- Monday — personal income, core inflation, and consumer spending
- Tuesday — Case-Shiller Home Prices and Consumer Confidence
- Wednesday — ADP Employment and Fed announcement
- Thursday — Weekly unemployment, ISM Manufacturing Index
- Friday — Monthly employment report (most important report of the month)
If you’re not yet locked, pay careful attention next week. We’ll break down these individual reports and how they affect you next week.
Rate lock recommendation
In general, 30-day is the standard price most lenders will (should) quote you. The 15-day option should get you a discount, and locks over 30 days usually cost more. If you need to hit a certain rate to qualify or make a refinance work, and you can get that rate today, I recommend grabbing it. Keep in mind that longer locks can cost at least .125 percent in FEES for 45 days or .25 percent in FEES (not the rate) for a 60-day lock.
- LOCK if closing in 7 days
- LOCK if closing in 15 days
- LOCK if closing in 30 days
- FLOAT if closing in 45 days
- FLOAT if closing in 60 days
Video: More about mortgage rates
What causes rates to rise and fall?
Mortgage interest rates depend on a great deal on the expectations of investors. Good economic news tends to be bad for interest rates because an active economy raises concerns about inflation. Inflation causes fixed-income investments like bonds to lose value, and that causes their yields (another way of saying interest rates) to increase.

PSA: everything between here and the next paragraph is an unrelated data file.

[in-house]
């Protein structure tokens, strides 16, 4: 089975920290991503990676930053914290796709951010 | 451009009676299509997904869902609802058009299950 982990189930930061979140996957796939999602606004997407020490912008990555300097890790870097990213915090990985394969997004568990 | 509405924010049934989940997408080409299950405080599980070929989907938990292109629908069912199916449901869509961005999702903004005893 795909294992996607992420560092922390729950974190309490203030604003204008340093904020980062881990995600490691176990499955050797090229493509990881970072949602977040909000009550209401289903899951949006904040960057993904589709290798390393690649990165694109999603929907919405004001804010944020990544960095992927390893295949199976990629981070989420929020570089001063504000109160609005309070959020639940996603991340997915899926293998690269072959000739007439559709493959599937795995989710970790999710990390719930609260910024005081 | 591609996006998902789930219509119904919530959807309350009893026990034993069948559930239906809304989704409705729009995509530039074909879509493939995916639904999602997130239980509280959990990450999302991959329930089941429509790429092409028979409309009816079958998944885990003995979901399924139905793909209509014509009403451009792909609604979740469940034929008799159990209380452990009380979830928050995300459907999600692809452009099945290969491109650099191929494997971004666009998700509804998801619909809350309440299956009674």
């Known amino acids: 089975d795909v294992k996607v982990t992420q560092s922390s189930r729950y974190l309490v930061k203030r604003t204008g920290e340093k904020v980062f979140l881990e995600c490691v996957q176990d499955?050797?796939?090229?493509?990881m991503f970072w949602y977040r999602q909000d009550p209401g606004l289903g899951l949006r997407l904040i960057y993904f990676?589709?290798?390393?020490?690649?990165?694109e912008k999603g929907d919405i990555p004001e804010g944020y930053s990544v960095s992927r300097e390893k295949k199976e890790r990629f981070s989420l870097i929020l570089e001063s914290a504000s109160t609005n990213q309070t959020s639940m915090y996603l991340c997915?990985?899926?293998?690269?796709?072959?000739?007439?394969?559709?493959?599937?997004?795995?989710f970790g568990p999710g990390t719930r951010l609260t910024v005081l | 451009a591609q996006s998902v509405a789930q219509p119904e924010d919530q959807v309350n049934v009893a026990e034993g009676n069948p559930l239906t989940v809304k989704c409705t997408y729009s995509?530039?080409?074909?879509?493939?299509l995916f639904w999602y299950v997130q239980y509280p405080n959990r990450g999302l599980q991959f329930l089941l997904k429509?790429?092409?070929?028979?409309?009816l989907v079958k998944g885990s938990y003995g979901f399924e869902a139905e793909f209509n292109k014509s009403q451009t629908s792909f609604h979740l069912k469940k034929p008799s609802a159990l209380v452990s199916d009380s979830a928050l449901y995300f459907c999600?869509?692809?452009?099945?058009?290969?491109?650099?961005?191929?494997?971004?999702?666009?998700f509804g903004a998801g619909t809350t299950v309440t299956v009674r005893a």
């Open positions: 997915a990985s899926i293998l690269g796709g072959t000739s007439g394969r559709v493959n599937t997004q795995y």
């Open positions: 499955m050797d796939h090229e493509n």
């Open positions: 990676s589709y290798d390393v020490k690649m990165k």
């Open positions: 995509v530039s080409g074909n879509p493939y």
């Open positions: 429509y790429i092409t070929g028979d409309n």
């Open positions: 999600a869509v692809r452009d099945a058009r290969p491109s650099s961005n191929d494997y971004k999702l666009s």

For example, suppose that two years ago, you bought a $1,000 bond paying five percent interest ($50) each year. (This is called its “coupon rate.”) That’s a pretty good rate today, so lots of investors want to buy it from you. You sell your $1,000 bond for $1,200.
When rates fall
The buyer gets the same $50 a year in interest that you were getting. However, because he paid more for the bond, his interest rate is now five percent.
- Your interest rate: $50 annual interest / $1,000 = 5.0%
- Your buyer’s interest rate: $50 annual interest / $1,200 = 4.2%
The buyer gets an interest rate, or yield, of only 4.2 percent. And that’s why, when demand for bonds increases and bond prices go up, interest rates go down.
When rates rise
However, when the economy heats up, the potential for inflation makes bonds less appealing. With fewer people wanting to buy bonds, their prices decrease, and then interest rates go up.
Imagine that you have your $1,000 bond, but you can’t sell it for $1,000 because unemployment has dropped and stock prices are soaring. You end up getting $700. The buyer gets the same $50 a year in interest, but the yield looks like this:
- $50 annual interest / $700 = 7.1%
The buyer’s interest rate is now slightly more than seven percent. Interest rates and yields are not mysterious. You calculate them with simple math.
The information contained on The Mortgage Reports website is for informational purposes only and is not an advertisement for products offered by Full Beaker. The views and opinions expressed herein are those of the author and do not reflect the policy or position of Full Beaker, its officers, parent, or affiliates.
On – 30 Jan, 2018 By Gina Pogol